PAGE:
The presidential candidate of the People’s democratic Party (PDP), Atiku Abubakar, has rejected the ruling of the Presidential Election Petitions Tribunal (PEPT) upholding the victory of President Bola Ahmed Tinubu.
Atiku, who spoke at a press conference in Abuja on Thursday, said he reject the ruling.
“I respect the judgement of yesterday but I refuse to accept it because it lacks justice. In the words of my mentor, Shehu Yar Adua, ‘losing a battle is less important than losing a war.’ We shall win the war of restoring confidence and restoring hope in our electoral system. The war is not over.”
The former Vice president had earlier said, “I am one of the foundation of this party and I’m still standing strong. This party gave birth to every other party. Any party you can think of, PDP is their mother”
, The acting chairman of the PDP, Umar Ililya Damagum, has earlier said the party would be appealing the ruling to the Supreme Court, and he called on supporters to remain calm and law-abiding.
The tribunal, led by Justice Haruna Tsammani, had ruled on Wednesday that the petition filed by Atiku was lacking in merit.
Good afternoon, Gentlemen of the Press.
I am here today to give my official reaction to the judgment delivered yesterday by the Presidential Election Petition Court on the 2023 presidential election.
As you already know, I approached the court following the declaration by INEC that the APC and its candidate are the winners of the February 25, Presidential Election.
My decision to go to court is anchored in my belief that the court is the sanctuary of justice. The journey of my political career, as you know, holds so much to the courage and fearless decisions of our judiciary.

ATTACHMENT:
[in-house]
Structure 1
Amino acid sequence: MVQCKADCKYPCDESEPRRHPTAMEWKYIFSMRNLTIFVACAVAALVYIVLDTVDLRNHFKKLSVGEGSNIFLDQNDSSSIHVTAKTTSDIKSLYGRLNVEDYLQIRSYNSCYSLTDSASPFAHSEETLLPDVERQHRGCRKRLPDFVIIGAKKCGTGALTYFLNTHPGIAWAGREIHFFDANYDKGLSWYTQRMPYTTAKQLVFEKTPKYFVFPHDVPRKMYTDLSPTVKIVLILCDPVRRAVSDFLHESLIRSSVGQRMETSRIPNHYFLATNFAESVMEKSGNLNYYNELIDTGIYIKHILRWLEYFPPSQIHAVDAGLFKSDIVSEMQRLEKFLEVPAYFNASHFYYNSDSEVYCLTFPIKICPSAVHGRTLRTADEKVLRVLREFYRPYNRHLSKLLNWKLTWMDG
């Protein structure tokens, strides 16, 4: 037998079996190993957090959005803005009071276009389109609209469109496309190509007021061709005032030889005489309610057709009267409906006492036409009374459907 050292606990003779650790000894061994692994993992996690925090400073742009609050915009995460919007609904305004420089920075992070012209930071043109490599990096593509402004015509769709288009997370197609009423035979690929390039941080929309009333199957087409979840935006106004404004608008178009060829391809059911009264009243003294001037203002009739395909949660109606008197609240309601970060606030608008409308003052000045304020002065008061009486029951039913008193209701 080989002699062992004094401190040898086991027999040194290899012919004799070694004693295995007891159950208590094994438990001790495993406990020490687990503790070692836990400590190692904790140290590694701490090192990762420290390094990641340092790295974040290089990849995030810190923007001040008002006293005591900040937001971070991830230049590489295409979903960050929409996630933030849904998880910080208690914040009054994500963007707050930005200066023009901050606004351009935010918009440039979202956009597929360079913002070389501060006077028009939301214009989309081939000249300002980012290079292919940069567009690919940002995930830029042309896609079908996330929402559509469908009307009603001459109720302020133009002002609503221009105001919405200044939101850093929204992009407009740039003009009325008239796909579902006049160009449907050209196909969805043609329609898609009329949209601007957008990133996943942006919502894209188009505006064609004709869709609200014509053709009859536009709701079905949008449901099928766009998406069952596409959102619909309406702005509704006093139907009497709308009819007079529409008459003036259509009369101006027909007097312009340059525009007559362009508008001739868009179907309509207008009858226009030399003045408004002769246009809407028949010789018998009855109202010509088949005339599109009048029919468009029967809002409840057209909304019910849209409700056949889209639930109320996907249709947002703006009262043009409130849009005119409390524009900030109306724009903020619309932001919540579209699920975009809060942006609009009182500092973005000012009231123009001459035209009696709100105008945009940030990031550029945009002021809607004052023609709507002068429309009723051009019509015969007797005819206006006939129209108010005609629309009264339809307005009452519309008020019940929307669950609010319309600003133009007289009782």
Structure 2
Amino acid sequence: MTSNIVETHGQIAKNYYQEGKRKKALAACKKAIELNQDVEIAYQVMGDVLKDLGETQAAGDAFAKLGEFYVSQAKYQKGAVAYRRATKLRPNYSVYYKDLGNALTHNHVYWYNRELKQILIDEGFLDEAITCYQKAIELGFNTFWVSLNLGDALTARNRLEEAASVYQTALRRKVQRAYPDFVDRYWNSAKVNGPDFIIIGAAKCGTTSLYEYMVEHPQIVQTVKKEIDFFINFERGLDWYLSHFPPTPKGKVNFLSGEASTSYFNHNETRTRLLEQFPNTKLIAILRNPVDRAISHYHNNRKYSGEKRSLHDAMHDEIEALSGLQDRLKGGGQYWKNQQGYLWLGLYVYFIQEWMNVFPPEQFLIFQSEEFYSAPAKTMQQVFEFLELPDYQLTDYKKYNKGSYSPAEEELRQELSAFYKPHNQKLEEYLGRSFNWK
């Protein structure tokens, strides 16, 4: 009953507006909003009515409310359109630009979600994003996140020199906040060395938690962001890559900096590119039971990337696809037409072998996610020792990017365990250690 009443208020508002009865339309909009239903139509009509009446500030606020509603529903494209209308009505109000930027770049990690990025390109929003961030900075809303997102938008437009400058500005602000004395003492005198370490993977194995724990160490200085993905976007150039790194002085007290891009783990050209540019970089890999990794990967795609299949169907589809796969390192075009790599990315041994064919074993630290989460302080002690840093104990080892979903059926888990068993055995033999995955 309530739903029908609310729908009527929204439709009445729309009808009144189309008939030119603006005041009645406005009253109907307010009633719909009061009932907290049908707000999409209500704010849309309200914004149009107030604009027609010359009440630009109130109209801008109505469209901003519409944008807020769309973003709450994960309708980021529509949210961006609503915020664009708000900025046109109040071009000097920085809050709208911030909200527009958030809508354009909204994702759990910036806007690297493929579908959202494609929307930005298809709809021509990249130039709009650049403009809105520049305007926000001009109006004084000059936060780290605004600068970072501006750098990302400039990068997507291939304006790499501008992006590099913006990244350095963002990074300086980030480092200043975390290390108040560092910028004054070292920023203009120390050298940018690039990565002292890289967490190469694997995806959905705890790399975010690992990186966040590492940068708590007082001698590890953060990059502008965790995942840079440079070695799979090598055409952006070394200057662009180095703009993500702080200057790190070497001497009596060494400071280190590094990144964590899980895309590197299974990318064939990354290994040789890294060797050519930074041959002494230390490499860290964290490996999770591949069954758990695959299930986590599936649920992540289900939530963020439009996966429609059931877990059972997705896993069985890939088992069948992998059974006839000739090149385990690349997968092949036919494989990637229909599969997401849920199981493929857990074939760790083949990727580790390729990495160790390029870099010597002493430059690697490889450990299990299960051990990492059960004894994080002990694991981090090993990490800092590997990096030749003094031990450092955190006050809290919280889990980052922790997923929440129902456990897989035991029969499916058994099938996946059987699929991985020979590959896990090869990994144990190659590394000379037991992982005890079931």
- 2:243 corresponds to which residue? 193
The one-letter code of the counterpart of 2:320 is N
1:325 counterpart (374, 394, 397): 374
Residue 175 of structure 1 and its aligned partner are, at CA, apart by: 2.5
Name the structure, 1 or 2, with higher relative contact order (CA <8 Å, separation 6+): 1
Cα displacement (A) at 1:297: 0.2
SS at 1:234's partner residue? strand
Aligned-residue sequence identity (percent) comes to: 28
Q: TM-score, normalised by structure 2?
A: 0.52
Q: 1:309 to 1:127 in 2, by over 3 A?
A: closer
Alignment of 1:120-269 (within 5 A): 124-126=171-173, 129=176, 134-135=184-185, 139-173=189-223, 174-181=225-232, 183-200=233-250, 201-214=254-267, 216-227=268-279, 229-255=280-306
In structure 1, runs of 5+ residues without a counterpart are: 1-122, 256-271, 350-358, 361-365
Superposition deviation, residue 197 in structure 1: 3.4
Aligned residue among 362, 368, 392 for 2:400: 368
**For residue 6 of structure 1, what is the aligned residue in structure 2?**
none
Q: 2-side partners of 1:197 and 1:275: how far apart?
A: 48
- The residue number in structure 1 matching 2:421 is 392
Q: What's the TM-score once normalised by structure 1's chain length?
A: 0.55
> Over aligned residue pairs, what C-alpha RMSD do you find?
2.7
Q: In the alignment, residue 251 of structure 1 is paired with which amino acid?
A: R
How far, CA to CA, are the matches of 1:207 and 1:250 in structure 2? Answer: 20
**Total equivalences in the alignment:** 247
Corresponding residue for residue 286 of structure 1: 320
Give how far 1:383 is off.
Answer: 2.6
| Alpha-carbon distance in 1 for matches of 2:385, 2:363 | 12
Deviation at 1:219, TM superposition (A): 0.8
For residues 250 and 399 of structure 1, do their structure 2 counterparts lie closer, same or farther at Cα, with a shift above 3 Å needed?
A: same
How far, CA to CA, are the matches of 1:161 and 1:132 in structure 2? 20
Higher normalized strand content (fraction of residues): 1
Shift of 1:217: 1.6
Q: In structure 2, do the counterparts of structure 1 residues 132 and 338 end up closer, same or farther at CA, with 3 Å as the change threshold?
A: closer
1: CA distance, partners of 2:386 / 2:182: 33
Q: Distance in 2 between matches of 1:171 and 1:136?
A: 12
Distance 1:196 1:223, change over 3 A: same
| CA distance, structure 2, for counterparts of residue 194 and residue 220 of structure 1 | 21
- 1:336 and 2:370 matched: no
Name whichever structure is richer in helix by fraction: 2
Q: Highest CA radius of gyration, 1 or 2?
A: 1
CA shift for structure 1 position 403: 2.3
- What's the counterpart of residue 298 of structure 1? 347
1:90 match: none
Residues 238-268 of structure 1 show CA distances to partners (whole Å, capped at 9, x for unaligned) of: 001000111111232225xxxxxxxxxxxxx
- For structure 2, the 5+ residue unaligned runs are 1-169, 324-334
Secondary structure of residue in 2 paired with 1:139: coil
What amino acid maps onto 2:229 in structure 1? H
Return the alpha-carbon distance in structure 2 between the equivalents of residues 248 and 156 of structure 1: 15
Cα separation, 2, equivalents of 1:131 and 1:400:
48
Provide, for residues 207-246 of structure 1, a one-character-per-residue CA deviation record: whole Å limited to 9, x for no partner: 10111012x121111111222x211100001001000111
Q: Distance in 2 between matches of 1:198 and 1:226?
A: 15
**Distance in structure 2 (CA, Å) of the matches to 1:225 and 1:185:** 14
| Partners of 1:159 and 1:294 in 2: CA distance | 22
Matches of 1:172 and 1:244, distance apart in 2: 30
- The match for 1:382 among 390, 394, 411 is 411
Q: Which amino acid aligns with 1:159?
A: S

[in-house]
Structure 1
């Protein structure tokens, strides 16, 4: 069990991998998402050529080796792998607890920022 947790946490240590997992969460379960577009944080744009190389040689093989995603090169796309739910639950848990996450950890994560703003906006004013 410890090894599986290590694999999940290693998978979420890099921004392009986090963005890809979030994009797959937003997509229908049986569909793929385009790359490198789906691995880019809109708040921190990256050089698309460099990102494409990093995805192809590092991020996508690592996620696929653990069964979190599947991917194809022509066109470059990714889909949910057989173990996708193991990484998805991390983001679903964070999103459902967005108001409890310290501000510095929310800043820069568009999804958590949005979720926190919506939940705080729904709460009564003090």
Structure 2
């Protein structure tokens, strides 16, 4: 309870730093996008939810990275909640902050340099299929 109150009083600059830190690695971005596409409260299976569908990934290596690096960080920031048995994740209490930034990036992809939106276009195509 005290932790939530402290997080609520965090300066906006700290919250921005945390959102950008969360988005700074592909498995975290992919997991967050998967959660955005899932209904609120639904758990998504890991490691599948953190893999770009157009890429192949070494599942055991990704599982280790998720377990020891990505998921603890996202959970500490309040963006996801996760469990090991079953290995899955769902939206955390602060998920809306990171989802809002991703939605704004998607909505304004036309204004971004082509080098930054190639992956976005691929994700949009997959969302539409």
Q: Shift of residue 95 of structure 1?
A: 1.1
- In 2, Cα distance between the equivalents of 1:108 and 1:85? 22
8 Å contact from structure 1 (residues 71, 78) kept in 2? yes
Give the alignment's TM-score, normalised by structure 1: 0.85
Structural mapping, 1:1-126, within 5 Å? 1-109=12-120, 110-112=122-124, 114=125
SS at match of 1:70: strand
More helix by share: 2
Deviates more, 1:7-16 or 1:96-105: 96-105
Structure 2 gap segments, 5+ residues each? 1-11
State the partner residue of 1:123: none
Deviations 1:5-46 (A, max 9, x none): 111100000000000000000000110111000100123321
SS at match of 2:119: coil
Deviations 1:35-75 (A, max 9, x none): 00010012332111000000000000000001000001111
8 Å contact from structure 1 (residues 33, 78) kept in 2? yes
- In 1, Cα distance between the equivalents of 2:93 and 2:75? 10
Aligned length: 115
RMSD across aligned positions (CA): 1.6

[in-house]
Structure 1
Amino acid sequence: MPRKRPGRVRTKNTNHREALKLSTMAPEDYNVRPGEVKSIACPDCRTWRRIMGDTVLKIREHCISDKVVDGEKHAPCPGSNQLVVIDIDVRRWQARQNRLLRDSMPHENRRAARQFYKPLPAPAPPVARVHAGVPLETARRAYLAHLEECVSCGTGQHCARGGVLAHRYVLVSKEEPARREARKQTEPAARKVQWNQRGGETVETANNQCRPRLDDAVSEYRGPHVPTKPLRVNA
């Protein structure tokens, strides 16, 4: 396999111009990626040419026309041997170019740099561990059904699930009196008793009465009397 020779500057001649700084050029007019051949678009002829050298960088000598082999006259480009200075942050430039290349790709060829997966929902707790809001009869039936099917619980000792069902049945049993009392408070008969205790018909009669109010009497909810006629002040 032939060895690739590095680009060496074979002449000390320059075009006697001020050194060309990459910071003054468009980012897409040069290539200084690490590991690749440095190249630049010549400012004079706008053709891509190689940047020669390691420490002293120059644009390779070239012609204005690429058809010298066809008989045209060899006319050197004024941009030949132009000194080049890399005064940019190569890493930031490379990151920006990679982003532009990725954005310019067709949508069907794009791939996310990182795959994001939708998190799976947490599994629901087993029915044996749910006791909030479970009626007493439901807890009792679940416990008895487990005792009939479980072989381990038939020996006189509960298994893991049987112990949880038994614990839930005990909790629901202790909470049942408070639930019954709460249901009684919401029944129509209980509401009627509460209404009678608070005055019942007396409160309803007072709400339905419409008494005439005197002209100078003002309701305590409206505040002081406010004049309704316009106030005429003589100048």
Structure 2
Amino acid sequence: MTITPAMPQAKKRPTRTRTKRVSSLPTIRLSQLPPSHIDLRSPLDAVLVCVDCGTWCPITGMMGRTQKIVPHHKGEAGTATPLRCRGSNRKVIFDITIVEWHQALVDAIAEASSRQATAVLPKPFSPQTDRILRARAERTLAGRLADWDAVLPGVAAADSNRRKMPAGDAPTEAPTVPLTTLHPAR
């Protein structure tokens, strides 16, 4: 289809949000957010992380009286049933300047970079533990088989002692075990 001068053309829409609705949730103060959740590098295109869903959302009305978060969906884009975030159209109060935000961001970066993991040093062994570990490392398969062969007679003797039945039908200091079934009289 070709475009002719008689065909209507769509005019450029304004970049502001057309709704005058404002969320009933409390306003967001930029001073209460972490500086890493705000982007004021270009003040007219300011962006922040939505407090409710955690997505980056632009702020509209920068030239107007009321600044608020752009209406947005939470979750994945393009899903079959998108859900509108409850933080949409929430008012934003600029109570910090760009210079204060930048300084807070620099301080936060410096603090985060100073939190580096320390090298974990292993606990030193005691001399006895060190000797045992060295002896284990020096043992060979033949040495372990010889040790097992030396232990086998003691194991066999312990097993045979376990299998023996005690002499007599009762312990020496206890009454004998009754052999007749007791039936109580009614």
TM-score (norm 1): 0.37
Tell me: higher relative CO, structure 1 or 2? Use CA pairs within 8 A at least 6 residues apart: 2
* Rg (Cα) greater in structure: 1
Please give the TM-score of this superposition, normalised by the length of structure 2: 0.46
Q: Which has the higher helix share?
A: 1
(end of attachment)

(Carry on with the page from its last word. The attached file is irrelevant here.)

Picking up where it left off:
Indeed, I am no stranger to legal battles, and I can say that I have a fair idea of how the court system works. All through my career as a politician, I have been a fighter, and I must say that I have found the judiciary as a worthy pillar to rest on in the pursuit of justice.
The last presidential election in our country and the way it was managed by the electoral umpire, the Independent National Electoral Commission, leaves behind unenviable precedents, which I believe the courts have a duty to redress. Our gains in ensuring transparent elections through the deployment of technology was heavily compromised by INEC in the way it managed the last presidential election, and I am afraid that the judgement of the court as rendered by the Presidential Election Petition Tribunal yesterday, failed to restore confidence in our dreams of free and fair elections devoid of human manipulations.
Like I did say at the beginning of this legal battle when I instructed my lawyers to file my petition challenging the outcome of the presidential election, my ultimate goal in this pursuit is to ensure that democracy is further strengthened through the principles and processes of fair hearing.
Gentlemen of the press, I take great pains to tell you that the decision of the court of first instance on this matter utterly falls far short of that expectation. I am therefore here to tell you that, though the judgment of the court yesterday is respected, it is a judgment that I refuse to accept. I refuse to accept the judgment because I believe that it is bereft of substantial justice. However, the disappointment in the verdict of the court can never destroy my confidence in the judiciary.
Consequently, I have asked my lawyers to activate my constitutionally guaranteed rights of appeal to the higher court, which, in the instance, is the Supreme Court. It is my conviction that the electoral process in Nigeria should be devoid of untidy manipulations and that the outcome of every election should be a perfect reflection of the wishes of the electorate. I believe that such is the only way through which our democracy can have a manifest expression of its true meaning. Whether I prevail in this quest or not, the record of my effort in ensuring an order of credible elections in Nigeria shall remain for the future generations to evaluate.
On this note, I urge all my supporters to remain steadfast. I urge them to take solace in an immortal lesson I learned from my leader and mentor, the late Shehu Yar’Adua, that losing a battle is less.